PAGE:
Assuming that reasonable people want to place their money in financial arrangements they understand, you might expect they would seek thorough explanations about complex tax consequences from an investment. But, the allure of avoiding the taxman seems to overwhelm common sense and stifle the rational act of consultation with an Enrolled Agent tax expert.
Former NFL player Bill Romanowski was known for standout performances and occasionally reckless acts. His irresponsible style seems to have remained with him in retirement. The Tax Court recently denied a $13 million loss deducted on the joint 2003 tax return of Romanowski and his wife. This results in a tax liability of approximately $4.6 million.
People like Romanowski often mistakenly believe their superiority in one field is sufficient for comprehending all income tax matters. The value of someone with an Enrolled Agent career is the clarity provided by routing the discussion to basic principles. The Romanowskis’ tax deduction was denied simply because their investment in a horse breeding business lacked a profit motive.
Notwithstanding the idea that any investment decision based solely upon tax considerations is unwise, consultation with a tax expert is called for whenever financial loss is expected from an activity. A common element in an Enrolled Agent course is the limitation on deducting losses for any activity that doesn’t have an expectation of profit. Several factors are considered when deciding if an endeavor is a business or a hobby. One of these considerations is whether the taxpayer studied the activity and received advice. Romanowski had advisers, but their expertise seems to have been confined to promoting fraudulent tax schemes.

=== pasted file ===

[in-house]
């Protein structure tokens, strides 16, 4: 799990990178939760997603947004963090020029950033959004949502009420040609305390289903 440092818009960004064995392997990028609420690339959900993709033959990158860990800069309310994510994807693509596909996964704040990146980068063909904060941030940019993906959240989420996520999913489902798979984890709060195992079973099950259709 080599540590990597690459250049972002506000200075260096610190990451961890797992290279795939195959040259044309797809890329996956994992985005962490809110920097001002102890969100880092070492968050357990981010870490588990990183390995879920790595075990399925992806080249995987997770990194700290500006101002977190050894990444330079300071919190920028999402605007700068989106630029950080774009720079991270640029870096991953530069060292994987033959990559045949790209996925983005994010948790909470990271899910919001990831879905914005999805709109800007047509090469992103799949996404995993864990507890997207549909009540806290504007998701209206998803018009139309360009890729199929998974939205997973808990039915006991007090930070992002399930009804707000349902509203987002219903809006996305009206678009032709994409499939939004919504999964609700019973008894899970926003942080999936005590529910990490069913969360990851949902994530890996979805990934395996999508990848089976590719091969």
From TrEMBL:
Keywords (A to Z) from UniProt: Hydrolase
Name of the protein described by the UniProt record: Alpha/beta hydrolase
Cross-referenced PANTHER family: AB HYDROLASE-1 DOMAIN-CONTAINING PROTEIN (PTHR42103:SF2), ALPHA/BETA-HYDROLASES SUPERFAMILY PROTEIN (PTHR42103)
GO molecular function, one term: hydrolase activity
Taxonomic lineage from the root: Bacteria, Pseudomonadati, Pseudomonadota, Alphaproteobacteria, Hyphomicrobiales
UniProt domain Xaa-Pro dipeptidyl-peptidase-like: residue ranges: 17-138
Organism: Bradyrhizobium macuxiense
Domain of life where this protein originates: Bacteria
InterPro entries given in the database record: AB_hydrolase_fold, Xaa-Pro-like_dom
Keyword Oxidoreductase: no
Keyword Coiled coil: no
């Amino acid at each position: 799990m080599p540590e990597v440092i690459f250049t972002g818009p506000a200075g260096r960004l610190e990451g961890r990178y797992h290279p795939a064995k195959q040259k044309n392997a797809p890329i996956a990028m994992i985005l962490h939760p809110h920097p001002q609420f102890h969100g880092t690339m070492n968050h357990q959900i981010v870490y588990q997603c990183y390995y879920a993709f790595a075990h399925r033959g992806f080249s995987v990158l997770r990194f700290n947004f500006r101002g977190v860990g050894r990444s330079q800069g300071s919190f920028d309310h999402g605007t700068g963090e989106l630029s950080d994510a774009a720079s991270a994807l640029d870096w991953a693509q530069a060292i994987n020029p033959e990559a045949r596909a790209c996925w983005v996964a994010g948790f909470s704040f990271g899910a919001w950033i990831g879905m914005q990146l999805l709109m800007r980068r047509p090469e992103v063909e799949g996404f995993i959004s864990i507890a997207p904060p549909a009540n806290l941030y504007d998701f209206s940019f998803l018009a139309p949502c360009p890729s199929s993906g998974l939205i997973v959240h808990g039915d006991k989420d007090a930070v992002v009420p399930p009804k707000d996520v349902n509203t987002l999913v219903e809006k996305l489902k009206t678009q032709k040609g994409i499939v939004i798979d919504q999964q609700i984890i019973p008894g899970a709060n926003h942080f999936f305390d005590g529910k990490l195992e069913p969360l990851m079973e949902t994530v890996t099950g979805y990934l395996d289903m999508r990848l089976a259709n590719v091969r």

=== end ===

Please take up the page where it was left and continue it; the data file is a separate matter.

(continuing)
The trouble for Romanowski started in 2003 when he learned about ClassicStar. The enterprise leased mares by providing boarding and breeding services. Investors owned any foals produced from the operation. An accountant for ClassicStar illustrated for the Romanowskis a Net Operating Loss scenario. An NOL exercise is familiar to tax professionals from Enrolled Agent preparation. The Romanowskis magically carried back a 2003 loss of $13,092,732 to entirely extinguish their taxable income from 1998 through 2002.
The horse breeding operation didn’t exactly proceed as expected by the Romanowskis. Most of the initial pairings produced quarter horses instead of thoroughbreds. Still, the Romanowskis continued with the program. A 2003 report showed no revenue, but expenses that produced the expected loss. By carrying back an NOL, the Romanowskis received a $4 million tax refund. Subsequent examination by the IRS resulted in a denial of the loss under the hobby loss rules.
The Tax Court agreed with the IRS after finding that the horse breeding arrangement had no intention of generating a profit. Every tax practitioner with Enrolled Agent training will find the court’s conclusion doesn’t demand a deep analysis of facts. The Romanowskis kept no business records, failed to supervise ClassicStar operations, and never consulted with any industry expert to identify means of profiting from the money-losing activity. As any EA could have informed them, a pursuit strictly motivated by tax benefits is not deductible.
IRS Circular 230 Disclosure
Pursuant to the requirements of the Internal Revenue Service Circular 230, we inform you that, to the extent any advice relating to a Federal tax issue is contained in this communication, including in any attachments, it was not written or intended to be used, and cannot be used, for the purpose of (a) avoiding any tax related penalties that may be imposed on you or any other person under the Internal Revenue Code, or (b) promoting, marketing or recommending to another person any transaction or matter addressed in this communication.